The authors of our Christian Scriptures couldn’t have imagined celebrating today’s feast of the Trinity. They were much more interested in discovering what God was doing for us than what made God, God. Even our catechism tells us God made us before it tells us about the three persons who constitute God. The church came to the insight of the “three in one” only at the Council of Nicea in 325 CE, about 200 years after the last biblical writing. The theologians who composed our Scriptures only reflected on the actions of God which directly affected their lives. If God didn’t act on their behalf, we’d know nothing of God.
Our Christian writers simply followed the example of their Hebrew predecessors. In today’s Deuteronomy reading, for instance, Yahweh’s praises are sung because of what Yahweh does for the Chosen People, not because of what Yahweh is. “Did a people ever hear the voice of God speaking from the midst of fire, as you did, and live? Or did any god venture to go and take a nation for himself from the midst of another nation, by testings, by signs and wonders, by war, with strong hand and outstretched arm, and by great terrors, all of which Yahweh, your God, did for you in Egypt before your very eyes?” Only because Yahweh has done these things for Yahweh’s people are those people obligated to do the specific things Yahweh commands.
Paul and his communities have experienced parallel actions of God in their lives. Jesus’ followers are just as liberated from slavery as their ancestors were in Egypt 1,200 years before. “Those who are led by the Spirit of God,” the Apostles tell the Romans, “are children of God. For you did not receive a spirit of slavery to fall back into fear, but you received a spirit of adoption, through whom we call, ‘Abba, Father!”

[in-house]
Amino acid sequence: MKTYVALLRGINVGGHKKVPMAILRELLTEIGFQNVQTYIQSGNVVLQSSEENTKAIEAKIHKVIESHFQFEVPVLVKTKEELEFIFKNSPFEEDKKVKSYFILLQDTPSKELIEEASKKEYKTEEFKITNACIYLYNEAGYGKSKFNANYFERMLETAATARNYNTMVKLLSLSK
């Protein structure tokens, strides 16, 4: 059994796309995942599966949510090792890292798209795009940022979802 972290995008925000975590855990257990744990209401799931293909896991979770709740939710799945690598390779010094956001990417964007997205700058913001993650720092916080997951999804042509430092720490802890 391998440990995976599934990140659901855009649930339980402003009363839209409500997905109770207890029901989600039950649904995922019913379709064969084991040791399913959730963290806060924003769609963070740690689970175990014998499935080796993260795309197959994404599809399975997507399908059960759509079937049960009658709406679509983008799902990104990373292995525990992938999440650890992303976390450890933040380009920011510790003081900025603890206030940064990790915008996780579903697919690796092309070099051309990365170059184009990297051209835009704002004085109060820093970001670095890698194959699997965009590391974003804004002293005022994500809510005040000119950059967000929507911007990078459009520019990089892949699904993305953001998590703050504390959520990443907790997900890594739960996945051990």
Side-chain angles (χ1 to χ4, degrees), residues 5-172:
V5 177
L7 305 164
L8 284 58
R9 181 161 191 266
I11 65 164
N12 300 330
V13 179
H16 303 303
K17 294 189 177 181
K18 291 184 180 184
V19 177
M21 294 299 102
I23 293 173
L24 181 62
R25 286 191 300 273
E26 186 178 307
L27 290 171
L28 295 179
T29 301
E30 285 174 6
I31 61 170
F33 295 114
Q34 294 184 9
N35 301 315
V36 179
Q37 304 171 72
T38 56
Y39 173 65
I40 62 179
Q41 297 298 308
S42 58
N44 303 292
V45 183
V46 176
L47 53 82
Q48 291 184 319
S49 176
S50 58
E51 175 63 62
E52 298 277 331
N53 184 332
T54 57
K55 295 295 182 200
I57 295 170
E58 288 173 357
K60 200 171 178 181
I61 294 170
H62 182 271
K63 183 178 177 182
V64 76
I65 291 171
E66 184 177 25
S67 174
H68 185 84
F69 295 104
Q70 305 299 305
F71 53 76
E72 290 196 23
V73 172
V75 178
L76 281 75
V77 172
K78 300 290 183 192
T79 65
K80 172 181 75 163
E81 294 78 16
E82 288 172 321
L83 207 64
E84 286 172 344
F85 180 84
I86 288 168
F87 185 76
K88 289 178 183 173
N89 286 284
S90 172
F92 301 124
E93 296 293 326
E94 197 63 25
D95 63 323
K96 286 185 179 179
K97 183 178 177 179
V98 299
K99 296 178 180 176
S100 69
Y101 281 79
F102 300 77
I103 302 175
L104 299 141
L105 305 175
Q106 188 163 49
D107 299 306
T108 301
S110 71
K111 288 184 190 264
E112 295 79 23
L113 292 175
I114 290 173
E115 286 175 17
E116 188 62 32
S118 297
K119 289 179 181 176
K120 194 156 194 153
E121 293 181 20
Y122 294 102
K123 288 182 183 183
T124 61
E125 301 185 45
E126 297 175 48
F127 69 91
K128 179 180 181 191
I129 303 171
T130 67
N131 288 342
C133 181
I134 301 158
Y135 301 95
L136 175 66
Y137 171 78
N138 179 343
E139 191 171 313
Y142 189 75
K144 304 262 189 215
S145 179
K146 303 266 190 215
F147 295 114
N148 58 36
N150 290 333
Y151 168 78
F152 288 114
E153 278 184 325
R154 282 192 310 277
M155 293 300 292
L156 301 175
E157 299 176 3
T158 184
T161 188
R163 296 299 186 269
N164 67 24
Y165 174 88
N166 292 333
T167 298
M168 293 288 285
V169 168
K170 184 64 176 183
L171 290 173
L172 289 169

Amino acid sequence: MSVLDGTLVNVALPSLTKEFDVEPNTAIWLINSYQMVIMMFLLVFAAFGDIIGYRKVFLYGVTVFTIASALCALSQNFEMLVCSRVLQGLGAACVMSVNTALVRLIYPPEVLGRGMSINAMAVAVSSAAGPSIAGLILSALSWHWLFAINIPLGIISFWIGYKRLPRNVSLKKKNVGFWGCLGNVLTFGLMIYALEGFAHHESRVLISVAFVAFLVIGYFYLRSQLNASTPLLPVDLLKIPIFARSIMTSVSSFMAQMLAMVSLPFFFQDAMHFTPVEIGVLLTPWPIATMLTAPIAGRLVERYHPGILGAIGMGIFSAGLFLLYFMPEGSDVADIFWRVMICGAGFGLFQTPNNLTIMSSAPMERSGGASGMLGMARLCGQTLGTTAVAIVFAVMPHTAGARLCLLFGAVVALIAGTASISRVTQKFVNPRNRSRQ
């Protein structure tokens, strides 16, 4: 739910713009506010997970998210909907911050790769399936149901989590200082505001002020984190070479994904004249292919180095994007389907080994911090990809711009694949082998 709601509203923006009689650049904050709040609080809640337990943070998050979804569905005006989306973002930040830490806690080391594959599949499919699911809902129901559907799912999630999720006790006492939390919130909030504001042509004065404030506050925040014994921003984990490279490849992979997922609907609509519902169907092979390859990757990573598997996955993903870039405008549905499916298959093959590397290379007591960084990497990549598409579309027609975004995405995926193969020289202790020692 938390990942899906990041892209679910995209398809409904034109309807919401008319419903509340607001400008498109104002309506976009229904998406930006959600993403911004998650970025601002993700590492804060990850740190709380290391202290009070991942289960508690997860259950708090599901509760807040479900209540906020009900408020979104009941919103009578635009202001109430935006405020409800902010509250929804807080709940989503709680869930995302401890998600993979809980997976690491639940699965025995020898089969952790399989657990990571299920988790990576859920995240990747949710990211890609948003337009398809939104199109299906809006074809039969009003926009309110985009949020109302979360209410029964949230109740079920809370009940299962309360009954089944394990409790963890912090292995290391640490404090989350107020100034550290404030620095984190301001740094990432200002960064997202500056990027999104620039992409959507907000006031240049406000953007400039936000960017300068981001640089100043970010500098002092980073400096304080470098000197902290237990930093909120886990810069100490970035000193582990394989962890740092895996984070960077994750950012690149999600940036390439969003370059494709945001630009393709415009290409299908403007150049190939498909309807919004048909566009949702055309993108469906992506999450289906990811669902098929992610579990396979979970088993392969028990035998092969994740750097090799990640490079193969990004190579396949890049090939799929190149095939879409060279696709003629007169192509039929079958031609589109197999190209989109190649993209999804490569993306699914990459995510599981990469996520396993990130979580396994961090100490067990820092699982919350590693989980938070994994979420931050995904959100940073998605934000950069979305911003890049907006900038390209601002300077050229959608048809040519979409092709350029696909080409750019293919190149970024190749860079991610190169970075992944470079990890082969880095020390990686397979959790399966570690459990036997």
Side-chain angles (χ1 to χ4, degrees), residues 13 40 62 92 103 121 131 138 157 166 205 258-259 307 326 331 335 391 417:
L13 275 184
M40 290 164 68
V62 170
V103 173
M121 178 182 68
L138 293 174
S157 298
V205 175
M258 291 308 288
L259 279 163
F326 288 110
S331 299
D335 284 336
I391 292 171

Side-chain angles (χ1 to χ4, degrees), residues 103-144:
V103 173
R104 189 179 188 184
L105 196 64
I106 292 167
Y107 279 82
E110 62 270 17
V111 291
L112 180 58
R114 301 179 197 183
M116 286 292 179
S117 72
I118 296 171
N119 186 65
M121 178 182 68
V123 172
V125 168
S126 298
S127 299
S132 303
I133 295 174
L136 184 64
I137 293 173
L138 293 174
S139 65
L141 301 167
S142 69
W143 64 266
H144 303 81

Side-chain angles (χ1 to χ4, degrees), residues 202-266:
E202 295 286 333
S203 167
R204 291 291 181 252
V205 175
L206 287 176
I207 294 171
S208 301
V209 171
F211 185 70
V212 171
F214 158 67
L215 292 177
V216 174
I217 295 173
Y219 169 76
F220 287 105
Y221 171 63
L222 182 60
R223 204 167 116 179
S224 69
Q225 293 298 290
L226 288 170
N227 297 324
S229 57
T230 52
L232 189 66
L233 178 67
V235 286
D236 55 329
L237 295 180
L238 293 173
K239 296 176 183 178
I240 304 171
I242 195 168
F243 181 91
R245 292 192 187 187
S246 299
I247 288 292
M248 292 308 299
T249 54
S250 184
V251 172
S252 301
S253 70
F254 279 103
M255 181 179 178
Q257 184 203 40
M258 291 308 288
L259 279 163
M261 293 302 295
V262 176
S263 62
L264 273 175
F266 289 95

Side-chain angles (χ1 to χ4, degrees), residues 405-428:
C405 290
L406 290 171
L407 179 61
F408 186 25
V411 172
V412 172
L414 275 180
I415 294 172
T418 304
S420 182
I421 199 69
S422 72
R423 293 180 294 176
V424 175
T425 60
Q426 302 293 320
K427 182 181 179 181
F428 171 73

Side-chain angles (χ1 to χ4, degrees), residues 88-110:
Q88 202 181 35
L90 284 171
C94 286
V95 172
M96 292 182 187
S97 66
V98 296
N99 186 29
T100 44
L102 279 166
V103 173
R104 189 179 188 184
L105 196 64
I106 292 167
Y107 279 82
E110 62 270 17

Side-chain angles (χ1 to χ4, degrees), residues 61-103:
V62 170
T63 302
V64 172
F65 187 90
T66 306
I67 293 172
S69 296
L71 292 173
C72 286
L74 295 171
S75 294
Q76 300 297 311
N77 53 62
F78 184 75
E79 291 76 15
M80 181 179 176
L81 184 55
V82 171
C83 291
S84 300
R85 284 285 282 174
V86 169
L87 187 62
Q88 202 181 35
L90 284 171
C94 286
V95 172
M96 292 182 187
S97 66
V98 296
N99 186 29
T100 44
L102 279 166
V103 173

But just as the ancient Israelites were obligated to respond to God’s actions with actions of their own, Jesus’ disciples are expected “. . . to suffer with him, so that we might also be glorified with him.” God’s children are expected to imitate Jesus, their brother.
Today’s gospel pericope is one of the Christian Scriptures’ most important passages. Having recently celebrated the feast of Jesus’ ascension, many of us read something into the narrative that Matthew never put there. Those who preach today must be careful not to refer to this mountain-top event as giving us “Jesus’ last words before he ascends into heaven.”
There’s no ascension in Matthew. Only in Luke does Jesus definitively leave his followers on earth and go up to heaven. For Matthew, the risen Jesus is still here among us. Scholars remind us that, just as the evangelist begins his gospel with the angel’s proclamation to Joseph that his wife’s child will be known as “Emmanuel-God is with us,” he ends it with Jesus’ assurance that “I am with you always, until the end of the age.” Matthew’s Jesus has actually become the God who is continually with us.
Of course, Jesus’ continuing presence demands we reciprocate... “Go and make disciples of all nations, baptizing them in the name of the Father, and of the Son, and of the Holy Spirit, teaching them to observe all that I have commanded you.”
If we’re grateful the Father, Son and Holy Spirit work in our everyday lives, shouldn’t we be helping others recognize those same actions in their lives? Or is that something only “evangelical Christians” do?